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December 04, 2002

The New Advertising


I love paying the occasional little bit of attention to advertising. So what if it's all about selling goods: there's lots of eye and brain food there to enjoy, as well as sometimes to be dazzled by.

Self-protectively, let me say that I'm sure there are writers and thinkers out there who look at and analyze ads far better than I do. And I'm just as certain that I'm years behind on noticing what I'm noticing. Ad people, and the people who write and think about them, are nothing if not quick and clever.

Still and all, I can't resist.

Exhibit 1: Old vs. New.

A fairly traditional ad for Newport cigarettes, and a new-style ad for ... well, for what, exactly? Rope? Wrapping material?

The Newport ad has a little designed-on-the-computer jazziness to it: the abruptness in the way the elements are juxtaposed, the way the photo falls so quickly into a space of its own, the brightness and flatness of the green, the way the cigarette boxes really pop, and then the copy really-really pops on top of that. But it's a pretty traditional ad, basically: product, people enjoying it, ad copy, product name. All of it arranged in swooping diagonals that converge on the product itself.

The other ad (for Gaultier sunglasses, as it turns out) is another thing entirely -- and entirely, it seems to me, of our new Quark 'n' Photoshop age. For one thing, what's being sold? Maybe the post-MTV generation gets these things instantly, but it took this geezer a couple of seconds even to figure out that what he was looking at was an ad. The Gaultier label being sewn into the fabric is a clever and effective way of achieving so-recessive-it-calls-attention-to-itself-ness. The ad also displays what I've come to think of as a "scanner aesthetic" -- the way what's on the page seems to be pressing up against a lens, or a sheet of glass. And that's it for the ad: a bunch of things brought together in a seemingly casual way on top of a scanner, with an i.d. carelessly dropped into the background of the mix. It's both a cool gesture and pure evidence of coolness, like a head of hair that's rumpled just so.

Exhibit 2: Coolness sponsorship.

For a geezer, both these ads rely partly on the "huh?" or "what the hell?" factor. What are they advertising? The left-hand ad is for Perrier; as for the right-hand ad, beats me. A clothing line?

What I notice about both of them, and what moves me to place them side by side, is a conceptual similarity. Both are 99% made up of a very cool photo. A great big one, in both cases -- and, by traditional standards, a rather odd one too. Not only is the question "what's being advertised?" an issue; the question "what the hell's this a picture of exactly? and why are we being shown it?" is being asked, at least by my arthritic mind.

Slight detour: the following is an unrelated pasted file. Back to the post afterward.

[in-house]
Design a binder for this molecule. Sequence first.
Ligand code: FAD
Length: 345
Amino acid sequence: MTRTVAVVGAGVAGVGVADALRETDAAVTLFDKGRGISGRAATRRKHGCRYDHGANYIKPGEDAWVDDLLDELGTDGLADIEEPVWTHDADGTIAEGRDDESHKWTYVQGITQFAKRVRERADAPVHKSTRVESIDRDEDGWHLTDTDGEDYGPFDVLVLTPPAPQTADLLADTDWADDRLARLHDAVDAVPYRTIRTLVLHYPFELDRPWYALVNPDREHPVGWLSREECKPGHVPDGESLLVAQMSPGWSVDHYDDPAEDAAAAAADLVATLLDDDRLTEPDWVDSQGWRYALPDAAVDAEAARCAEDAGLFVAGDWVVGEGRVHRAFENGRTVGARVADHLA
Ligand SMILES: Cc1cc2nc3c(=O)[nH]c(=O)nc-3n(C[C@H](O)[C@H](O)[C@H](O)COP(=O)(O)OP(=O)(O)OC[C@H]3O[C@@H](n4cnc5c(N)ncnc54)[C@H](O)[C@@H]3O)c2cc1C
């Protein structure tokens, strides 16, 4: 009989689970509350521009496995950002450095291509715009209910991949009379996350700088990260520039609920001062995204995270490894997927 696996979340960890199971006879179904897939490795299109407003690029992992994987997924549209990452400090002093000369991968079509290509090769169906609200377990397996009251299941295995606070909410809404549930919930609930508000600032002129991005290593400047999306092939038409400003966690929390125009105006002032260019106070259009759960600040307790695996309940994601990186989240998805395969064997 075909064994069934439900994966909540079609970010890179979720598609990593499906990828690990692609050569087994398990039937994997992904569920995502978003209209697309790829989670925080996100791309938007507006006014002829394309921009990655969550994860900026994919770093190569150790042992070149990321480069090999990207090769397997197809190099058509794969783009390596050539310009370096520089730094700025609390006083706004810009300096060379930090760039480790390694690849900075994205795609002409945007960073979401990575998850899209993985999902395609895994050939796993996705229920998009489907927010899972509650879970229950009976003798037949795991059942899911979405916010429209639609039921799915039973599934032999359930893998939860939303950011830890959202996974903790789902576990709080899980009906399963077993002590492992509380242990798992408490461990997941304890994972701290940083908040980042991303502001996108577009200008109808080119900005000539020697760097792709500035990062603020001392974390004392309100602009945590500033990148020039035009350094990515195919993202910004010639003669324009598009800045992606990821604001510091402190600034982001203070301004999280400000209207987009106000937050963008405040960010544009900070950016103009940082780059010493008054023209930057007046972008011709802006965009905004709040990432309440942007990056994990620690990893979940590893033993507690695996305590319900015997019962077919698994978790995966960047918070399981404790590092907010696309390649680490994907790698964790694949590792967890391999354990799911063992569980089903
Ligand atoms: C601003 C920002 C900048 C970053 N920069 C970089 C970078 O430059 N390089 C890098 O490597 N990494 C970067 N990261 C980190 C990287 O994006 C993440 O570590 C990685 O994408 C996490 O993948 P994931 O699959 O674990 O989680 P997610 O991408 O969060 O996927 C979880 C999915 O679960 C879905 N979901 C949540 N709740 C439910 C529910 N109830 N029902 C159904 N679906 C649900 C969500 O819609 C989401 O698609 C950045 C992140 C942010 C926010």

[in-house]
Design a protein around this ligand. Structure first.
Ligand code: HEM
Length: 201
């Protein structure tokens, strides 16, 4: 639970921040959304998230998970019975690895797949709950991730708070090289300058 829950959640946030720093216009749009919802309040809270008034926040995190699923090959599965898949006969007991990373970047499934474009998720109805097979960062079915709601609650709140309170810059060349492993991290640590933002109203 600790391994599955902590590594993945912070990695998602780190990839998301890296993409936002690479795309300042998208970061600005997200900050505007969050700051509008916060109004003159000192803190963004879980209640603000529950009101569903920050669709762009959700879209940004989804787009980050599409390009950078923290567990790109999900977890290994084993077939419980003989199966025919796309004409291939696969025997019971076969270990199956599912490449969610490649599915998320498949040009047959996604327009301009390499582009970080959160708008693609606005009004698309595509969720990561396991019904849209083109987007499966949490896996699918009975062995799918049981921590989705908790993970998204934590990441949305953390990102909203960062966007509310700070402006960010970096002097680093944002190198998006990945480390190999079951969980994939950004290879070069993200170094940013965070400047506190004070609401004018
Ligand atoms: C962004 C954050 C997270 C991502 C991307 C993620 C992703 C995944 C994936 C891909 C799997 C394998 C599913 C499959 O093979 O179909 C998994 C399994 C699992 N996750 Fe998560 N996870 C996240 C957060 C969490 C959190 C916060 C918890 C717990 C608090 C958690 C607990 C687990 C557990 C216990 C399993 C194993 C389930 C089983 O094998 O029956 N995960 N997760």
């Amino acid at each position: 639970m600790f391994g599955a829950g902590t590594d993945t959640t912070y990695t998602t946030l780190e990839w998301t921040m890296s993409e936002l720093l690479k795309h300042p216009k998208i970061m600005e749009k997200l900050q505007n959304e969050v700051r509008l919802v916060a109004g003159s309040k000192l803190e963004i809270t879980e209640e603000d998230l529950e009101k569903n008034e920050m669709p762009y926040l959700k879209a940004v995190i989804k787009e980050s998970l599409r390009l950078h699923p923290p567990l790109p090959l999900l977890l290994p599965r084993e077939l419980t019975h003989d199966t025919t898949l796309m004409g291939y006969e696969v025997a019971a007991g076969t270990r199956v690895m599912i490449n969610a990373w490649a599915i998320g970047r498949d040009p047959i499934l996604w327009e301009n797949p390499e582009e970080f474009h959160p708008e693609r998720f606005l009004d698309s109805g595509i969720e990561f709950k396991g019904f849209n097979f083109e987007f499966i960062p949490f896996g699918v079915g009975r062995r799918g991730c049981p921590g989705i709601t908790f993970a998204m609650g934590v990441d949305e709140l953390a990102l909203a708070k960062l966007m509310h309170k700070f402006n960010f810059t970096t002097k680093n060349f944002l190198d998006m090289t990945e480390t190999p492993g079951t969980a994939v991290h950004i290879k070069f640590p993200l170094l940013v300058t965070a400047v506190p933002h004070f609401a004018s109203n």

My theory of what's going on here is this: that the image in both ads goes "whoosh!" in a variety of media-esque ways, including scale and peculiarity. Blam, you're arrested by media whoosh. Then, with the discreet little logo tucked in the corner, the company/product/whatever behind the ad claims not center stage but sponsorship -- sponsorship of the whoosh.

It's not the traditional "we're cool, have fun, drink our product and party like us" approach. It's more like, "we know so well what's cool and pleasurable that we don't have to make a big fuss about it," followed by a quick fade-out. It's like sponsoring a rock tour. You don't want to get in the way of the whoosh -- the kids will turn on you. But you do want them to notice who's making the party possible.

All of which reminds me of the way kids and copywriters these days are so fond of putting words and statements in nonsense brackets. [See what I mean?] It's kinda-saying but kinda-not-saying what it is you may or may not have to say. [I mean, really.] A sideways, commenting-on, sliding-one-by thing.

These-kids-these-days seem to want to ridicule ads; they seem quite stern about not wanting to feel they're being taken advantage of or sold too aggressively. But they also seem to crave, and even feel entitled to, the kinds of highs the ads embody and portray.

Exhibit 3: Ads as conceptual and performance art.

On the left is some kind of ad for something or other -- that's all I've been able to figure out. On the right is an ad for -- believe it or not -- a packaged cheese-and-pretzel snack. I've put them next to each other because they hit me in sorta-but-only-sorta similar ways.

In ways that remind me, in fact, of the way much performance/installation/ conceptual art initially hits me: "Huh, what?" Some kind of enactment of something is going on here -- I get that. Then I set about trying to figure out what. (By this point in my overly-arty life, I'm much more familiar with what's likely to be at stake in art than I am with what an ad is up to.) And then I remind myself that the feelings I'm having ("Cool!" "Huh?" and sheer annoyance, mainly) are part of the experience, and that the experience is the point.